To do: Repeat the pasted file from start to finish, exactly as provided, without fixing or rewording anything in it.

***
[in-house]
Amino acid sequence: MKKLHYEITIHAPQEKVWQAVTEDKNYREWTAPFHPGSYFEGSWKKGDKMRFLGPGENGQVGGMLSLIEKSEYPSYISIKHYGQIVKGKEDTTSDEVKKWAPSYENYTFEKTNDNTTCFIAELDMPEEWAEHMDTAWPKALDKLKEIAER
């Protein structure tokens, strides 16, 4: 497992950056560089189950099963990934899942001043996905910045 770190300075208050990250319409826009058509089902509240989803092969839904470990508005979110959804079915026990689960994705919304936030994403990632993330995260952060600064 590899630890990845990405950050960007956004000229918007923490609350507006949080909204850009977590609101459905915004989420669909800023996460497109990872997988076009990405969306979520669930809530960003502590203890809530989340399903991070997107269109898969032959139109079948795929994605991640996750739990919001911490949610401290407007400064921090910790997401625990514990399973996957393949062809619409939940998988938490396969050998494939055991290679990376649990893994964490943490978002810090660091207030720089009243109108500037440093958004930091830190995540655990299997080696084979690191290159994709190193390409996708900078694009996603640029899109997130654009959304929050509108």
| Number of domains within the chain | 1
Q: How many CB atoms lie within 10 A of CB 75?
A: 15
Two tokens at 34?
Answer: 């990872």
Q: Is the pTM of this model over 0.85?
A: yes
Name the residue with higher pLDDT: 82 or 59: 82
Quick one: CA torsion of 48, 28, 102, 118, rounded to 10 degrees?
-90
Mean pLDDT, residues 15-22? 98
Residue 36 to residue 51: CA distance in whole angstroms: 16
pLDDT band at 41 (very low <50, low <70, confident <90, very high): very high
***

[in-house]
Amino acid sequence: MKKLHYEITIHAPQEKVWQAVTEDKNYREWTAPFHPGSYFEGSWKKGDKMRFLGPGENGQVGGMLSLIEKSEYPSYISIKHYGQIVKGKEDTTSDEVKKWAPSYENYTFEKTNDNTTCFIAELDMPEEWAEHMDTAWPKALDKLKEIAER
């Protein structure tokens, strides 16, 4: 497992950056560089189950099963990934899942001043996905910045 770190300075208050990250319409826009058509089902509240989803092969839904470990508005979110959804079915026990689960994705919304936030994403990632993330995260952060600064 590899630890990845990405950050960007956004000229918007923490609350507006949080909204850009977590609101459905915004989420669909800023996460497109990872997988076009990405969306979520669930809530960003502590203890809530989340399903991070997107269109898969032959139109079948795929994605991640996750739990919001911490949610401290407007400064921090910790997401625990514990399973996957393949062809619409939940998988938490396969050998494939055991290679990376649990893994964490943490978002810090660091207030720089009243109108500037440093958004930091830190995540655990299997080696084979690191290159994709190193390409996708900078694009996603640029899109997130654009959304929050509108």
| Number of domains within the chain | 1
Q: How many CB atoms lie within 10 A of CB 75?
A: 15
Two tokens at 34?
Answer: 């990872």
Q: Is the pTM of this model over 0.85?
A: yes
Name the residue with higher pLDDT: 82 or 59: 82
Quick one: CA torsion of 48, 28, 102, 118, rounded to 10 degrees?
-90
Mean pLDDT, residues 15-22? 98
Residue 36 to residue 51: CA distance in whole angstroms: 16
pLDDT band at 41 (very low <50, low <70, confident <90, very high): very high